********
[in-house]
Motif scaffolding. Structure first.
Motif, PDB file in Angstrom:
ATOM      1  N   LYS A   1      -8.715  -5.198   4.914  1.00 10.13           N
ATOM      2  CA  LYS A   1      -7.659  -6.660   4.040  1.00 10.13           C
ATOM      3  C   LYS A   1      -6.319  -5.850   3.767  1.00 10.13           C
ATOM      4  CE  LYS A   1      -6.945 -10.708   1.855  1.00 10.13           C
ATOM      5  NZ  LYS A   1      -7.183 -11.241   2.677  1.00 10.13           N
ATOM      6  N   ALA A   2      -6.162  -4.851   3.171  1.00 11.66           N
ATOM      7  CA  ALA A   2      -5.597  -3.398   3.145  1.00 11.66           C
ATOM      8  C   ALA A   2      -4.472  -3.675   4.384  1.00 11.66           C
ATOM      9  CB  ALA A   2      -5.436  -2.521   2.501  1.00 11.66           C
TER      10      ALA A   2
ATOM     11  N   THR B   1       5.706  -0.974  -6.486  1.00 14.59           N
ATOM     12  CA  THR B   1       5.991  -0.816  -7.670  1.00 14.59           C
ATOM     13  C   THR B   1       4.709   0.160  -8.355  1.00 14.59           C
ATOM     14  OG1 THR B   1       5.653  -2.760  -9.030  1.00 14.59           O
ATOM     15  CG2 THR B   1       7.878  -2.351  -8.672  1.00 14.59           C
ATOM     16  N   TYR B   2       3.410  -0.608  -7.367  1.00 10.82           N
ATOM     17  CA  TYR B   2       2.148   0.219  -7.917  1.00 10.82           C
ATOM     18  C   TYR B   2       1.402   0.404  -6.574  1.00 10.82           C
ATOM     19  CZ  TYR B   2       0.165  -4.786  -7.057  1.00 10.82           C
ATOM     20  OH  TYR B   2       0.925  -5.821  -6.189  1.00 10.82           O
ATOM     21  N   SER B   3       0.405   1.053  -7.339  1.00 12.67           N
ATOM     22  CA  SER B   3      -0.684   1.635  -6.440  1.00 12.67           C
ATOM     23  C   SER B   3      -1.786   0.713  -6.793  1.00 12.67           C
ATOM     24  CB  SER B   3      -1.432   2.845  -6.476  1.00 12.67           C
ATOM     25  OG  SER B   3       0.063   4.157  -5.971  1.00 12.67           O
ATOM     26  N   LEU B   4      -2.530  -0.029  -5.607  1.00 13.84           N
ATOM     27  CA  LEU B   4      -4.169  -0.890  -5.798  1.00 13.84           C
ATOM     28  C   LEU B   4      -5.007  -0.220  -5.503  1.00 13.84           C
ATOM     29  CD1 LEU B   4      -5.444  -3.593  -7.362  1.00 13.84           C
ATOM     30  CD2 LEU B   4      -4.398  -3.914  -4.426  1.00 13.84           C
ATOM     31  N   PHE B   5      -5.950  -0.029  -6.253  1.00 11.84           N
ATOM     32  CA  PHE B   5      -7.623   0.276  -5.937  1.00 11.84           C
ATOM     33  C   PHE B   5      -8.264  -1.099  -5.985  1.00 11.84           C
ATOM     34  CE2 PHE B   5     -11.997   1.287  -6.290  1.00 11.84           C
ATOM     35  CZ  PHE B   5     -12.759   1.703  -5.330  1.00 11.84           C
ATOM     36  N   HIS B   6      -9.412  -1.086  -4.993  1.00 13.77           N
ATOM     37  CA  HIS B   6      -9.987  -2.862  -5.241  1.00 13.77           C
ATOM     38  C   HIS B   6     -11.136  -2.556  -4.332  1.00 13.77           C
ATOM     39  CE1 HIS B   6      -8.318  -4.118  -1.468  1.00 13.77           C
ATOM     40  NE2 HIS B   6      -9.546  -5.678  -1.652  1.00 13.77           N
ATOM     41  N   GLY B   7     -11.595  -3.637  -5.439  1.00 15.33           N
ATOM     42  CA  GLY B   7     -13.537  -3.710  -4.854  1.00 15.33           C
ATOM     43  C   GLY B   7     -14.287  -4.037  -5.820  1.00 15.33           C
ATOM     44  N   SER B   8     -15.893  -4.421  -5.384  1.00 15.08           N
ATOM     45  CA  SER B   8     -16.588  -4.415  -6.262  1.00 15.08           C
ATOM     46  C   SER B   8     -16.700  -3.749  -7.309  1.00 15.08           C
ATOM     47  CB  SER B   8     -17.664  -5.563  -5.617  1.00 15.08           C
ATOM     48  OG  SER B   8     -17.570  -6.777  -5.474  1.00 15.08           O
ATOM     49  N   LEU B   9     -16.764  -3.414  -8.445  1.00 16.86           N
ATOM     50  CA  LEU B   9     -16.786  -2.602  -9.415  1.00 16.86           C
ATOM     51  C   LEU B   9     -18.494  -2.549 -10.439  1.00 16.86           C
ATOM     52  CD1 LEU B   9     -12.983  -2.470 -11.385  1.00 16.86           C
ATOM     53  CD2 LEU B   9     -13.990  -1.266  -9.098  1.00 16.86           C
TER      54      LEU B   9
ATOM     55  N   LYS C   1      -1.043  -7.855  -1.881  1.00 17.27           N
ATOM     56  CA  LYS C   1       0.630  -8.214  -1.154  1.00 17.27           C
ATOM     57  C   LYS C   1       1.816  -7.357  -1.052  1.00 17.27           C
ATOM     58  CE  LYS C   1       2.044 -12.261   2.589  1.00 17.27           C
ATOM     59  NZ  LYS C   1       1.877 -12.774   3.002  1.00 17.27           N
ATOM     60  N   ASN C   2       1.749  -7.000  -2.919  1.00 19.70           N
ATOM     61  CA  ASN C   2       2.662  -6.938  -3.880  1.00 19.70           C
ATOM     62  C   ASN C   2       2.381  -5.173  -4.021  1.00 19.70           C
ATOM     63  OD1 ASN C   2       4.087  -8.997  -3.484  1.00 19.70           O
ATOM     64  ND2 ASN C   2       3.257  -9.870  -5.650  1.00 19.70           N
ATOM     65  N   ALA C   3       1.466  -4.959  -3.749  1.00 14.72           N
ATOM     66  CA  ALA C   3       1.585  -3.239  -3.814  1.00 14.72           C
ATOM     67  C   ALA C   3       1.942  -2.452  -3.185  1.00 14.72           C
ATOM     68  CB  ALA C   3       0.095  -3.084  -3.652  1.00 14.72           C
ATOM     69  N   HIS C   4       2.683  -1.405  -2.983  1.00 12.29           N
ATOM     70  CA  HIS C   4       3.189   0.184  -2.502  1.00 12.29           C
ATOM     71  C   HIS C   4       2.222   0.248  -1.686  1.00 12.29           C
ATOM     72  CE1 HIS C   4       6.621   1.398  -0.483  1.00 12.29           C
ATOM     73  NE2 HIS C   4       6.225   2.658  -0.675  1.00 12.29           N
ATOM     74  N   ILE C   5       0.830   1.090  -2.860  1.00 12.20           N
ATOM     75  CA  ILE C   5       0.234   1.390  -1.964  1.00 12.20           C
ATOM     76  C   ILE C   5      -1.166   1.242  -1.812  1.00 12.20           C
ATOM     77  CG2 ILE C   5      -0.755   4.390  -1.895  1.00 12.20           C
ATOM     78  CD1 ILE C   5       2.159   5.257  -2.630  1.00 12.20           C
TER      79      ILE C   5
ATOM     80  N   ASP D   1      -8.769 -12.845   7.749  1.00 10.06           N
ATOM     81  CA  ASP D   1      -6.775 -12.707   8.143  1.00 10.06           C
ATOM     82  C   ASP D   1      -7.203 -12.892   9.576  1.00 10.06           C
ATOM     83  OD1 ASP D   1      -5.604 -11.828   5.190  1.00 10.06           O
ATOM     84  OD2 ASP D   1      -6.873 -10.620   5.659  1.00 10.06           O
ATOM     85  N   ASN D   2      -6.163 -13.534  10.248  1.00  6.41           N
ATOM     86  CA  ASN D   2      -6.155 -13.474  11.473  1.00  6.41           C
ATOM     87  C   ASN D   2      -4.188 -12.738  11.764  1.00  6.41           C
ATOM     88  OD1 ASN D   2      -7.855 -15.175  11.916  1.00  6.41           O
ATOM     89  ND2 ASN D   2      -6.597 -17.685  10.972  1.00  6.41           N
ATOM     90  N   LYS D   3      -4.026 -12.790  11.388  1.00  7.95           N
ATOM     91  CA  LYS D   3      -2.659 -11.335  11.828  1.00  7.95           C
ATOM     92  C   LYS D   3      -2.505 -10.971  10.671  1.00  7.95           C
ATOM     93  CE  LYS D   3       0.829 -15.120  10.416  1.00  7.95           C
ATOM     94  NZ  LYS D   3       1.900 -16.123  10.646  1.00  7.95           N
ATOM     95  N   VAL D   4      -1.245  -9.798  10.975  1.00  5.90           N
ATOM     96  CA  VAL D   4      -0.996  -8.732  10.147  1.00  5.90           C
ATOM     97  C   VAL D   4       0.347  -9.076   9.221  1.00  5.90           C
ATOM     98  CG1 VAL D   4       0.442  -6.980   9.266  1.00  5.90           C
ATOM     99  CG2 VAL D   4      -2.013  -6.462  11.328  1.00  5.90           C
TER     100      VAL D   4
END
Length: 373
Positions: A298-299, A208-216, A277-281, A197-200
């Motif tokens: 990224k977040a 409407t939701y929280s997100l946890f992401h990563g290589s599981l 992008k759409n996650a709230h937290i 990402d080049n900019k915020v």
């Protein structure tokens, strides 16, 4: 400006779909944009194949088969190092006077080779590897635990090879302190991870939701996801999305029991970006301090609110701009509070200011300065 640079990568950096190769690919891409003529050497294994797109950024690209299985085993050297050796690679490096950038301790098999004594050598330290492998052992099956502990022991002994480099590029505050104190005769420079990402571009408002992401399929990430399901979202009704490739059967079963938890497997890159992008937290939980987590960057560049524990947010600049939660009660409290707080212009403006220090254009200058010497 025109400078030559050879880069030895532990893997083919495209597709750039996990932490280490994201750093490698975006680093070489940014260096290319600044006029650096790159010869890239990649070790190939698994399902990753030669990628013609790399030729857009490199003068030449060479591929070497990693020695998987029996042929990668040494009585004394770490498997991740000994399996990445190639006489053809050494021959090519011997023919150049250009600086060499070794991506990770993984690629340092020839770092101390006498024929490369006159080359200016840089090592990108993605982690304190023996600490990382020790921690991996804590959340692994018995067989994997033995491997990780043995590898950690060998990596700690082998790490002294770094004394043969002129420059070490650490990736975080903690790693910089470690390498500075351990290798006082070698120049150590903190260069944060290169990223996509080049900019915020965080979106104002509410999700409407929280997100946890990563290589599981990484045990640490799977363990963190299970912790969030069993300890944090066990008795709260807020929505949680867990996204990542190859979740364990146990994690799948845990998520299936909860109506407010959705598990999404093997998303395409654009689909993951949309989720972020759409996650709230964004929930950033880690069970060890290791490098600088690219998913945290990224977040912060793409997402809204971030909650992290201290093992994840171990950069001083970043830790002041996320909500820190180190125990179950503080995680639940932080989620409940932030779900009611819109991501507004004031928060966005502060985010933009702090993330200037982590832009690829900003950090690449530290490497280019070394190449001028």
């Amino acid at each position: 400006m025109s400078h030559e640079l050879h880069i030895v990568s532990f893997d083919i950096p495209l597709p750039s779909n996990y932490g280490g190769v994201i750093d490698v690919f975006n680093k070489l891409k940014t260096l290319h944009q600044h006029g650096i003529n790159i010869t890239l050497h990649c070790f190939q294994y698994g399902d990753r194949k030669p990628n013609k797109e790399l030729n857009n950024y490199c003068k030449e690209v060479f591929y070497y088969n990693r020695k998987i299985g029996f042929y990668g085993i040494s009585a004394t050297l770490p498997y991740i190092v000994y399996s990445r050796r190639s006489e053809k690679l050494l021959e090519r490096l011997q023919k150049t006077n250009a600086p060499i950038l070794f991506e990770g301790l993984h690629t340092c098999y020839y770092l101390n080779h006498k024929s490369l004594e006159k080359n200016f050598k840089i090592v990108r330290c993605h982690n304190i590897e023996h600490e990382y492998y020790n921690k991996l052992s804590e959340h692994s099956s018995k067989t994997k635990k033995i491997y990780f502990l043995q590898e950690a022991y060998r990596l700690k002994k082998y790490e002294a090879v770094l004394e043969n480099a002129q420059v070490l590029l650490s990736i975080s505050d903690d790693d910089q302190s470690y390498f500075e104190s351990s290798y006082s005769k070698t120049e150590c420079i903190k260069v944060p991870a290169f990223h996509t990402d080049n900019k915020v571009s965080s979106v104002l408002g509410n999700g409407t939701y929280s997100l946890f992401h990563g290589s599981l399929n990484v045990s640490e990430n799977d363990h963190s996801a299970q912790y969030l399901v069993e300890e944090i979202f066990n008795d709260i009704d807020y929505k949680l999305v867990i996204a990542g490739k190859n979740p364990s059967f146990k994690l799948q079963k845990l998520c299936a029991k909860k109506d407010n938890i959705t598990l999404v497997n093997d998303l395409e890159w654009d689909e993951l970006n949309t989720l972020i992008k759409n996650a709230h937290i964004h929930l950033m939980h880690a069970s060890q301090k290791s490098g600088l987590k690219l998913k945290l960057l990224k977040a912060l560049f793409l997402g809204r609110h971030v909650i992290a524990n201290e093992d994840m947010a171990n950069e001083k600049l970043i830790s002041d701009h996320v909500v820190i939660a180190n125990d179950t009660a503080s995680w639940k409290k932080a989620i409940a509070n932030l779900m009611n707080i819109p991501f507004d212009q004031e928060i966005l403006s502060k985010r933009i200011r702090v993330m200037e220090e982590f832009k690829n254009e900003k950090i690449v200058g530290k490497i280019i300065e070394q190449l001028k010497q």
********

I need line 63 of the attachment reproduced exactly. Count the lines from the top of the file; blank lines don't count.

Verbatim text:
ATOM     60  N   ASN C   2       1.749  -7.000  -2.919  1.00 19.70           N